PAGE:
Shut up and take our money, Royal Enfield!
Back in the late 1930s, Royal Enfield made a bike called the KX. Touted as the biggest, fastest, classiest, most luxurious bike on the market at the time (a claim most bikemakers made, to be fair), it was powered by a big 1,140cc sidevalve V-twin and holds the record for largest bike produced by Royal Enfield. Fast forward a few decades, through company shakeups and countless 500cc singles, to today when the company unveiled the Concept KX at EICMA 2018 and, whew lad, it's something else.
Enfield teased the KX last week with a mysterious picture of the bike draped in a black cover. Gearheads and Royal Enfield enthusiasts across the internet were all atwitter wondering what it could be. Was it a bobber? Was it related to the 650 twins? Was it the long-rumored V-twin? Was it something else entirely? Spoiler alert: It was the V-twin and now we have evidence.
The Concept KX is an extremely handsome bike with its long, low silhouette and sweeping lines that harken back to the company's 30s-era design language. Details are pretty scant, but the engine—apparently an 838cc, water-cooled mill with a clean sheet design—looks great nestled under that old-school fuel tank. A small, cantilevered solo saddle perches over a tire-hugging rear fender giving the bike its bobber bona-fides, and the twin exhaust looks like something straight out of Brough Superior's catalog. I assume a monoshock is tucked in the back somewhere, (looks like it may be under the saddle connected to a single-sided swingarm?) and the front end is a curious faux-girder affair, the engineering of which I'm dying to know about. Lights look like LED units, and Enfield did a great job of hiding the electrics to drive home the KX's retro roots.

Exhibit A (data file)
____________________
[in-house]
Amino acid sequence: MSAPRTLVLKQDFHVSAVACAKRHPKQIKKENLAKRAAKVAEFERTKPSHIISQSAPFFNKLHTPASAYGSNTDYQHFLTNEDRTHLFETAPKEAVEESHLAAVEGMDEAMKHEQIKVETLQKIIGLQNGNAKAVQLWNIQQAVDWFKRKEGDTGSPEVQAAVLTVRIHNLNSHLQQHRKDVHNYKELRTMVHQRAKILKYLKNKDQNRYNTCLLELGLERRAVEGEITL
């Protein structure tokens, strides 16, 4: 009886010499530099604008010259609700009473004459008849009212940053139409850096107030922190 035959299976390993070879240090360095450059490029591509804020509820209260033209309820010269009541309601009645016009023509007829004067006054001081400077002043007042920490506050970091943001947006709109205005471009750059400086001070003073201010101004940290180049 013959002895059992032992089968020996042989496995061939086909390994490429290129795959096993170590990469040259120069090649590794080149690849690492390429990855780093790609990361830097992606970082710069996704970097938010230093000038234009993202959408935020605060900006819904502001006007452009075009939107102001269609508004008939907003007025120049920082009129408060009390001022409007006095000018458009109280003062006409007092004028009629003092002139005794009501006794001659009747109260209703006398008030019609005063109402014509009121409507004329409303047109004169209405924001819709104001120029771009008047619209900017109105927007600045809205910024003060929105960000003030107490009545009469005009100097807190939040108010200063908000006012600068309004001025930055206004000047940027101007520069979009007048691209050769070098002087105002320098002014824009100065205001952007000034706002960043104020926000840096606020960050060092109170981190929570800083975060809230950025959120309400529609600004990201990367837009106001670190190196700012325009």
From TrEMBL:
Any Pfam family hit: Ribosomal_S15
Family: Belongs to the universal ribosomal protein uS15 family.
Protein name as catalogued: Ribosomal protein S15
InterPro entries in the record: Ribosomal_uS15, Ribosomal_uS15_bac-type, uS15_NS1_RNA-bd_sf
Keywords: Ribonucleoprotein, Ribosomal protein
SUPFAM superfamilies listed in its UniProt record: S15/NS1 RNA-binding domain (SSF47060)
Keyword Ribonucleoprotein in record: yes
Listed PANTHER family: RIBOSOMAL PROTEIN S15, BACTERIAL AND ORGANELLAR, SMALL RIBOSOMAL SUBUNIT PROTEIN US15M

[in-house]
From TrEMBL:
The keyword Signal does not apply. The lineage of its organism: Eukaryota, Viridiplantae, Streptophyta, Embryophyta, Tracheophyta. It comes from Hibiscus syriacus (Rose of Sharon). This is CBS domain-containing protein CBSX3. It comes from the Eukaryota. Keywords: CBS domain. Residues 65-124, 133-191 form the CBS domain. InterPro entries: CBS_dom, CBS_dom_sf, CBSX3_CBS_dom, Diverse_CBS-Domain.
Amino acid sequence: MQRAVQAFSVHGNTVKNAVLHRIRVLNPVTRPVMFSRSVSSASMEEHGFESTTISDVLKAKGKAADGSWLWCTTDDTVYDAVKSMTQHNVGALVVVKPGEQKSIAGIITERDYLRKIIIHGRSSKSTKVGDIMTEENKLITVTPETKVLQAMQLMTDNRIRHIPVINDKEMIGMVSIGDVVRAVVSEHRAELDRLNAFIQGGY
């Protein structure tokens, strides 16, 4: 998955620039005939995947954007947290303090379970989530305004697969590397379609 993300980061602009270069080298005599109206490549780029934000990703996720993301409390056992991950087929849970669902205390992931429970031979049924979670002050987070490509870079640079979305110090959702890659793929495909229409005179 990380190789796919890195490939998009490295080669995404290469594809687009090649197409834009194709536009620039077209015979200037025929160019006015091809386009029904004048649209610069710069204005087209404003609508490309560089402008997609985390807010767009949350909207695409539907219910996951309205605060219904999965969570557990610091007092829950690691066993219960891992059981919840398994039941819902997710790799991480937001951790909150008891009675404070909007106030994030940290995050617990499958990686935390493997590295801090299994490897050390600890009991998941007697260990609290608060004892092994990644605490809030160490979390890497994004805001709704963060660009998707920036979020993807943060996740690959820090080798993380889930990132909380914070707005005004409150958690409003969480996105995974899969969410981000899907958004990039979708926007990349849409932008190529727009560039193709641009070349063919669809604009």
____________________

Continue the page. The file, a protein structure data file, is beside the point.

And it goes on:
Royal Enfield told the EICMA crowd that work on the KX started way back in March of 2017 and that it was largely built as a design exercise to see if the company could do it. As such, there aren't any plans to bring the KX to market. That said, response to the unveiling was pretty positive, so I'd be surprised if we didn't see something like it on showroom floors in the next year or two.
Personally, I'm glad to see Royal Enfield reaching outside its comfort zone and, in doing so, getting in touch with a different part of its history. Hopefully, something good will come out of the Concept KX. If we hear anything, you'll be the first to know.